The Mookse and the Gripes discussion

El Llano in flames
This topic is about El Llano in flames
53 views
Republic of Consciousness Prize > 2020 RoC longlist: El Llano in Flames

Comments Showing 1-31 of 31 (31 new)    post a comment »
dateDown arrow    newest »

message 1: by Paul (last edited Jan 25, 2020 12:20PM) (new) - rated it 3 stars

Paul Fulcher (fulcherkim) | 8482 comments El Llano in Flames by Juan Rulfo, tr. Stephen Beechinor (Structo Press)
https://structomagazine.co.uk/structo...

From the judges:

First published in Mexico in 1953, El Llano en Llamas is a collection of stories by seminal Mexican writer Juan Rulfo, whose few books were a profound influence on contemporaries including García Marquez. This is the first complete English translation of all seventeen stories (and the first publication from Structo Press), by a translator who has taken to heart the landscape and mood of the collection: a realm of narrow choices, stark, arid land and crushing poverty. The parallels with Mexico and other countries today are unavoidable, while Rulfo’s language still speaks powerfully out of his own experience.


Paul Fulcher (fulcherkim) | 8482 comments Pedro Páramo by the same author is of course one of the great works of Latin American literature. Been almost 20 years since I read it, but I remember being very impressed.

Garcia Marquez credited it with inspiring his works, and Borges, Vargas Llosa etc were all huge fans.

This review sums it up well:

https://www.independent.co.uk/arts-en...

without Pedro Páramo there would not have been One Hundred Years of Solitude, Hopscotch or Midnight's Children. The literature of the past 50 years, our conception of the relationship between the word and reality, would have been measurably poorer.

so I'm rather looking forward to seeing the short stories - although these have been translated before, but seemingly not as a whole


message 3: by Ella (last edited Jan 25, 2020 08:21PM) (new) - added it

Ella (ellamc) | 1019 comments Mod
Huh... I read this one in Spanish years ago (so long ago, I just had to check that I actually owned it via Amazon - and quickly downloaded it again before they could do something stupid like pretend I never bought it -- this is why I detest kindle editions.)

So the previous English translation wasn't complete? Who knew? (I guess everyone who read it.)

PS: I originally read this b/c it was on one of the 1001 lists. Looking at other people's tags, it looks like a 2008 addition, which would mean that the 2012 edition wasn't the first in English? Or do they add books that haven't been translated to the 1001 books list? I actually don't know.


Tracy (tstan) | 314 comments This is on the 1001 list, and I read an older translation a few years ago. The version I read was from the U. Of Texas press.

And yes, there are books on the 1001 list that haven’t been translated yet, and one may not ever be, since very few people read Aramaic.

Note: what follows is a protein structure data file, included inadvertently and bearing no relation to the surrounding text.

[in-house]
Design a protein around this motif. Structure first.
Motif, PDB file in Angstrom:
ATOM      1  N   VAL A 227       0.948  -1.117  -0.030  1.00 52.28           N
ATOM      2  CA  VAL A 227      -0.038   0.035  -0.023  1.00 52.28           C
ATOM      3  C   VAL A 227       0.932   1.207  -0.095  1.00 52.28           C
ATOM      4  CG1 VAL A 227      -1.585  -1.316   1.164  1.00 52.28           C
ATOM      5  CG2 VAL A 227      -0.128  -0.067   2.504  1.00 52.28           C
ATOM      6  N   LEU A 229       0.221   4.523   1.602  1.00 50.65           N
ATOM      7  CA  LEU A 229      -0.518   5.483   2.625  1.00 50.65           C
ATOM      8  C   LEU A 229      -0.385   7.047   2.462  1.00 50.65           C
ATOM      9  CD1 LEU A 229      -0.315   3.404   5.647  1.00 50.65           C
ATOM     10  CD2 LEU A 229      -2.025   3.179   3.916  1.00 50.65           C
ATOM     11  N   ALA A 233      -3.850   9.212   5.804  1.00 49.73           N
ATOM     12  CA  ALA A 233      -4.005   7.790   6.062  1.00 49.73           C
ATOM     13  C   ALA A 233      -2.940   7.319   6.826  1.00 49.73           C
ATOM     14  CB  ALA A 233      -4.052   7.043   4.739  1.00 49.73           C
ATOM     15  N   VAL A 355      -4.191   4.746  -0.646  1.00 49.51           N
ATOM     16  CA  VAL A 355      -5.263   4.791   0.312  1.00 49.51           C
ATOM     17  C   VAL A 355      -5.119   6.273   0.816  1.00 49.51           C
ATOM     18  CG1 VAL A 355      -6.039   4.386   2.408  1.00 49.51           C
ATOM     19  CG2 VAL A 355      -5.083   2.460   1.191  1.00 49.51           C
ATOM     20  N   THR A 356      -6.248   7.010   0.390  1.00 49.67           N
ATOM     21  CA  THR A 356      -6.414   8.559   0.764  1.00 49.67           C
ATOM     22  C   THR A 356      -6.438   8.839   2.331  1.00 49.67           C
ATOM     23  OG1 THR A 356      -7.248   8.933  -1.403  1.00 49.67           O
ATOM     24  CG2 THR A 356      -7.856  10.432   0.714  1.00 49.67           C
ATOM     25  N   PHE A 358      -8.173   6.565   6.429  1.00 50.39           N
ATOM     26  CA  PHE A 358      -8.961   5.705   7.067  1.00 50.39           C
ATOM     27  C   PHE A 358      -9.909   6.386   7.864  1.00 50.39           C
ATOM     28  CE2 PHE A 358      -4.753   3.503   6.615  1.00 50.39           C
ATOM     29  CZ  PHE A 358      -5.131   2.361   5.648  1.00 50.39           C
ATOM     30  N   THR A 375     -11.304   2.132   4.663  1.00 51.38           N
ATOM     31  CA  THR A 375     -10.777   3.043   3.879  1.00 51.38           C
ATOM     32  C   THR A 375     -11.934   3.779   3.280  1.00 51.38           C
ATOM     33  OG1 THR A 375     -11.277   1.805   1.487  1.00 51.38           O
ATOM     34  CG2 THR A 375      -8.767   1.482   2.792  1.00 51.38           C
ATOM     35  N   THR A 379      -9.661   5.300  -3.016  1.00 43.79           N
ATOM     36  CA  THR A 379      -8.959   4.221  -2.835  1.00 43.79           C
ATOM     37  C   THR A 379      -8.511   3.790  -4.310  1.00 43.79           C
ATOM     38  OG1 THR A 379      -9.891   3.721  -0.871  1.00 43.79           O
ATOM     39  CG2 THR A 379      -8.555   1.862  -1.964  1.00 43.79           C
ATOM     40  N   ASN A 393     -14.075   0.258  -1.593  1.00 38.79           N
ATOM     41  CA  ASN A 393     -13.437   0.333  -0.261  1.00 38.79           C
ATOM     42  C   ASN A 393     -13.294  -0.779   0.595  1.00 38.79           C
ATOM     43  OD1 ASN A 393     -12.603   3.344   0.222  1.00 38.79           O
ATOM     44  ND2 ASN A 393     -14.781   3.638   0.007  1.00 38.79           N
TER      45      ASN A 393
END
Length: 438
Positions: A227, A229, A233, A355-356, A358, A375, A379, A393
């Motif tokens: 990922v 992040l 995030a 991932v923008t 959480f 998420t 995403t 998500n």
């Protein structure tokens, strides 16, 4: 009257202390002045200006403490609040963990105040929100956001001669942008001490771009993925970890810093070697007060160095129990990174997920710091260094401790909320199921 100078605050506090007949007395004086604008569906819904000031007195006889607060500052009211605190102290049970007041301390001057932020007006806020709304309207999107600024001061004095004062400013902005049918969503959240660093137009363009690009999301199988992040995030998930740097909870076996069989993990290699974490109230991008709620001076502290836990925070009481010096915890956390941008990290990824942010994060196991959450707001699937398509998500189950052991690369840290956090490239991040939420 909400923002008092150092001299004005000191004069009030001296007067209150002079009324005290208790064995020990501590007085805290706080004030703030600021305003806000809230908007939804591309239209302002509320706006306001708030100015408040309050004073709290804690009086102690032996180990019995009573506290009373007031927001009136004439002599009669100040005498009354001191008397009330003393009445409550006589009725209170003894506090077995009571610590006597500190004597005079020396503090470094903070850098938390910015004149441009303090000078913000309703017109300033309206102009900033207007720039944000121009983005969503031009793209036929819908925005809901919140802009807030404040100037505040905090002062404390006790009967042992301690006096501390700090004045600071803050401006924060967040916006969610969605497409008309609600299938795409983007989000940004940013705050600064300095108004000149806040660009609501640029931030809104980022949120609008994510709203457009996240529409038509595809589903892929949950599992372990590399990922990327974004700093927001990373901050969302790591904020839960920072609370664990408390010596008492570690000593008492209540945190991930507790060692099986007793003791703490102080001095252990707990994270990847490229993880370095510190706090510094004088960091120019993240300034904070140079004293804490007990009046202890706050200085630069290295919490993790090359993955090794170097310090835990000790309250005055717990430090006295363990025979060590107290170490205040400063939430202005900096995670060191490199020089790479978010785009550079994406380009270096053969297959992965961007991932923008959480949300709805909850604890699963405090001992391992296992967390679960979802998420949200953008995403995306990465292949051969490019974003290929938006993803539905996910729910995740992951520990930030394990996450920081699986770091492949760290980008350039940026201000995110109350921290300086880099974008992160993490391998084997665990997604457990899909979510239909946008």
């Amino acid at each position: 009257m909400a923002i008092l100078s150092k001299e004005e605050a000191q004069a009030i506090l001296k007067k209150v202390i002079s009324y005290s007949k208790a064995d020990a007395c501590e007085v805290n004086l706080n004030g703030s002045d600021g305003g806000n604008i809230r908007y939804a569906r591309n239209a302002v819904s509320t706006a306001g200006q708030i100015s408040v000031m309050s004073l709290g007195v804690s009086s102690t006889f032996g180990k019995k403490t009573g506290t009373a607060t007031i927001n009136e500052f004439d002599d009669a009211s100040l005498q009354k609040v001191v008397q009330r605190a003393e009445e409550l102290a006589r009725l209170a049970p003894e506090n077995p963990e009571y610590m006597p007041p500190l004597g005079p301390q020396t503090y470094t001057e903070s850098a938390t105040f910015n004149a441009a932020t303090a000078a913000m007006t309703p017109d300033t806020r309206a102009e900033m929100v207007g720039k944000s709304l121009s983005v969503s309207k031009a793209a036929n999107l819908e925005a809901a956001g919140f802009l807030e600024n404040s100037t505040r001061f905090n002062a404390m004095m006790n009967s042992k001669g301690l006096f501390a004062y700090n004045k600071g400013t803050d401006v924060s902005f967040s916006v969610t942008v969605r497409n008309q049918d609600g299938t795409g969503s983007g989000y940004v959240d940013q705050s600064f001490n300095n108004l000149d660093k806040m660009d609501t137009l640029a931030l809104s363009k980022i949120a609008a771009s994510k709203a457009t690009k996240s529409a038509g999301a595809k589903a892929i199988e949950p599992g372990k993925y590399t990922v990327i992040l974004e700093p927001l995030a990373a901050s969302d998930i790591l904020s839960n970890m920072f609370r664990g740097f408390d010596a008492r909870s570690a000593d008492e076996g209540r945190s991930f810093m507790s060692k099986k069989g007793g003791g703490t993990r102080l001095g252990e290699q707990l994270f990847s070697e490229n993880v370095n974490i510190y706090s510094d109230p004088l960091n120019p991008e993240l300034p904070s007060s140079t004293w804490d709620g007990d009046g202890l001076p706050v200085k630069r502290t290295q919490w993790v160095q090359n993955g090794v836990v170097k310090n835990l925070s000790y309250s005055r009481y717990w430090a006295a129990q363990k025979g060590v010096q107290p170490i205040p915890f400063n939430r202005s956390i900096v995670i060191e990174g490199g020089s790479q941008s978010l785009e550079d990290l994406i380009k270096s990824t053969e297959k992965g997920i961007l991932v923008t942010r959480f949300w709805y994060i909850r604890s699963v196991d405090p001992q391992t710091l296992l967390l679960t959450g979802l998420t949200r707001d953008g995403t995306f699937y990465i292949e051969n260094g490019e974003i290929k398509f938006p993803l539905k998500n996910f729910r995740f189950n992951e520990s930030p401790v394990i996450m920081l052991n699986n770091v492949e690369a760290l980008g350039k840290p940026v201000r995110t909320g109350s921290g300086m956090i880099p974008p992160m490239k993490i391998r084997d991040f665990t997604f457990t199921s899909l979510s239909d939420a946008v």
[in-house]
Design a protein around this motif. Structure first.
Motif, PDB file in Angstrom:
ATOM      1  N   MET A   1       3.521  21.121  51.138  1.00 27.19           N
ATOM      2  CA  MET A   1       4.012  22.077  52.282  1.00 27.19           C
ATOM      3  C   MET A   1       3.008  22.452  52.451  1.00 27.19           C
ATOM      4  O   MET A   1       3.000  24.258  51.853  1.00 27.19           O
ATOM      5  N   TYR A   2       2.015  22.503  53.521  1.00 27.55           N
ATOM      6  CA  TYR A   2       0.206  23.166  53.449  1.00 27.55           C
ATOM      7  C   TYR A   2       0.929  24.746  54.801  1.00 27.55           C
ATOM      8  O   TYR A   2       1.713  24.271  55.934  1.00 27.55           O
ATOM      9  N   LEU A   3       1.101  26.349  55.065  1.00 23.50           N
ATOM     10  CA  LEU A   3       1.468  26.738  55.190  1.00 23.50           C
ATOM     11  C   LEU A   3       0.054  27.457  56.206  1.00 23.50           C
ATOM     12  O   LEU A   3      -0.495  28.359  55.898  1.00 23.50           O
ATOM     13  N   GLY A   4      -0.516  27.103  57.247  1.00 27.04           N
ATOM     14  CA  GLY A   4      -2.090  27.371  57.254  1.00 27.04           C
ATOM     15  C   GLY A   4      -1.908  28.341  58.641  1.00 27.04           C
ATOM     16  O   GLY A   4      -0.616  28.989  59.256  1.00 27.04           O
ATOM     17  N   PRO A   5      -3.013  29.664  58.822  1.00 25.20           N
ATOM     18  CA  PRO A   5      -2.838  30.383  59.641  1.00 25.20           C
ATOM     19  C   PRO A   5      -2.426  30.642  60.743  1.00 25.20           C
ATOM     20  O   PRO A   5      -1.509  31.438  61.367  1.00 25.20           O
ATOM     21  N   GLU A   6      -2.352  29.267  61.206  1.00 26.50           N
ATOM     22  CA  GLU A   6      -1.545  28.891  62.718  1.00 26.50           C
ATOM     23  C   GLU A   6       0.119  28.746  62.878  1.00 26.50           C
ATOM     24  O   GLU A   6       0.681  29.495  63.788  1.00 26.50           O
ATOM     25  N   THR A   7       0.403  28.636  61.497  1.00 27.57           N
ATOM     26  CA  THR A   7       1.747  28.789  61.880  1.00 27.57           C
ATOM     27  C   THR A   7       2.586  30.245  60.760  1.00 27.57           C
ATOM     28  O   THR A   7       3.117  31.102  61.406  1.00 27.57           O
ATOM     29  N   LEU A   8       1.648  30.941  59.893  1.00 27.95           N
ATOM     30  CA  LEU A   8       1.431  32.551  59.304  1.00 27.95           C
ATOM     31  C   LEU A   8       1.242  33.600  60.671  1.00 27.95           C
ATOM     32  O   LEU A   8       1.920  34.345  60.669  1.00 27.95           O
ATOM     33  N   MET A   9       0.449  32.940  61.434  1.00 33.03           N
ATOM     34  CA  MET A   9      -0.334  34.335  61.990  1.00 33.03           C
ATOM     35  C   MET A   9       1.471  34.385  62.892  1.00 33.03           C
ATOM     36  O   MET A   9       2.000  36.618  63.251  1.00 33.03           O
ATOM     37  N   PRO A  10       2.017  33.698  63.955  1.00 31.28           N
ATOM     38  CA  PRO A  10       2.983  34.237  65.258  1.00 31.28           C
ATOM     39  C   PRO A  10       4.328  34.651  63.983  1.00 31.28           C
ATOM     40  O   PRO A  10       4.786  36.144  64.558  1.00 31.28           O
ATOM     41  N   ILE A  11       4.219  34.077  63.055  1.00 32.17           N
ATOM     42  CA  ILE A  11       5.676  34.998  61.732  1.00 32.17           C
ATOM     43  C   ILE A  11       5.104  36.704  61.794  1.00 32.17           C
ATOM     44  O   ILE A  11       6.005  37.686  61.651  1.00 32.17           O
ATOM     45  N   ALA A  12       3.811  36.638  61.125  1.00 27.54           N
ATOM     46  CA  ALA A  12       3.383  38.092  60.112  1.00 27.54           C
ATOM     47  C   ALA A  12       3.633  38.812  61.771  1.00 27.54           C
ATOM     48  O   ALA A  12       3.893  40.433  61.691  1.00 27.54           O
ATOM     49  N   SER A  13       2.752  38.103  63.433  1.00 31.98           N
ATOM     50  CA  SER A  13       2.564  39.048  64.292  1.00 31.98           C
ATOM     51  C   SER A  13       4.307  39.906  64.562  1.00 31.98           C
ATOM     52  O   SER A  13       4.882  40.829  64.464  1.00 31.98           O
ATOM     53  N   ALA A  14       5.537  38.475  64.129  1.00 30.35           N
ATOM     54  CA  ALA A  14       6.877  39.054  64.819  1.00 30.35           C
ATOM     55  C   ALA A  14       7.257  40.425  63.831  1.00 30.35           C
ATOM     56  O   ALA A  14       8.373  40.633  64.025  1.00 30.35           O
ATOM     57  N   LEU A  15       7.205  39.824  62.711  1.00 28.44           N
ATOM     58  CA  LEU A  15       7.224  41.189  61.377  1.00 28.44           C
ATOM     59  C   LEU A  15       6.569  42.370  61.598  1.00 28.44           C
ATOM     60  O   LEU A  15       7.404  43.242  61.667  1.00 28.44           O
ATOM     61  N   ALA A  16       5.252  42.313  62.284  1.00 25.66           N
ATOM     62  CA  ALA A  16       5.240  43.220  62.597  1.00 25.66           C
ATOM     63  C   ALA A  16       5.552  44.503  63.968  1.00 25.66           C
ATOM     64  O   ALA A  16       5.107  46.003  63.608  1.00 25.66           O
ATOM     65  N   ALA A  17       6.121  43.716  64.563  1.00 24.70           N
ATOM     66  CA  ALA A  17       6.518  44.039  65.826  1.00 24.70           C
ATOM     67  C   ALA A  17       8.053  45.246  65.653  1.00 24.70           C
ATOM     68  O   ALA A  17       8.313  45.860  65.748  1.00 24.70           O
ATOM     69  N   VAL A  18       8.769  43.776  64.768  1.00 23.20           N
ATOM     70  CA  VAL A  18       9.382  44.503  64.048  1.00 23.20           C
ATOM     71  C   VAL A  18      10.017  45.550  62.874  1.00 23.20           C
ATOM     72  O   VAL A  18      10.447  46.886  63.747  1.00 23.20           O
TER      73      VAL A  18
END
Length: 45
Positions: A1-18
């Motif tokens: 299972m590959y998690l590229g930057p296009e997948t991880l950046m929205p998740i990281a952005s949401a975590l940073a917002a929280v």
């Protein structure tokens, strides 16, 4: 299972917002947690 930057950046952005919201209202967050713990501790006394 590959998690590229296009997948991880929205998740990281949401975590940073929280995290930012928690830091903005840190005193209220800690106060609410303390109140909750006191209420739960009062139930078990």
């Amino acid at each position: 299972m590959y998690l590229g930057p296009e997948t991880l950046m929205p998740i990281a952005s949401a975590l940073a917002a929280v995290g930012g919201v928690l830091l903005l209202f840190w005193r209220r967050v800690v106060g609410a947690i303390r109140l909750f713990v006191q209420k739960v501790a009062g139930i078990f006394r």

Paul Fulcher (fulcherkim) | 8482 comments Must admit I am a little surprised/dubious about the first complete translation claim, although have no factual reason to doubt it. It does I think make it a slightly odd inclusion on the list.

Although the lack of eligibility rules on the RoC is a good thing generally - every year there seem to be otherwise strong contenders ineligible for the Best Translated Book Award because of a previous translation, albeit one incomplete or unsatisfactory.


message 6: by Tracy (last edited Jan 26, 2020 07:19AM) (new) - rated it 4 stars

Tracy (tstan) | 314 comments The Burning Plain and Other Stories by Juan Rulfo

I’m going to hopefully assume the translator (George D. Schade) was familiar with the 1953 dialect. He was a professor of Latin American literature at the University of Texas, and translated other works. He passed away in 2010.

I was surprised to see this book on the list, but if it draws new attention to it, all the better. It’s a good read.


Gumble's Yard - Golden Reviewer | 5232 comments The book itself refers to it being the first translation for English readers outside North America - which I take as being the first by an English translator perhaps.


Gumble's Yard - Golden Reviewer | 5232 comments This Wiki link will serve as a very good summary of the stories I think

https://en.m.wikipedia.org/wiki/El_Ll...

I am note that it criticises a title translation in the Schade volume - the “correct” title is used in this collection.

It also says about two of the stories “This is one of two short stories that the author added to the second edition of the Spanish language collection in 1970. The final version of the collection has seventeen short stories”. I wonder if they are the ones not translated before? From a look on Goodreads previous versions refer to 15 stories.


message 9: by Ella (new) - added it

Ella (ellamc) | 1019 comments Mod
I can imagine some hilarious translations for this title. My nephew used google for something the other day & it mixed up both llana (like "even or straight" --> y ya no está llana) and the animal la llama which is the same in English & Spanish (vimos muchas llamas en los Andes) but also can mean flames/passion/fire/etc and the whole verb group llamar and its twin reflexive llamarse.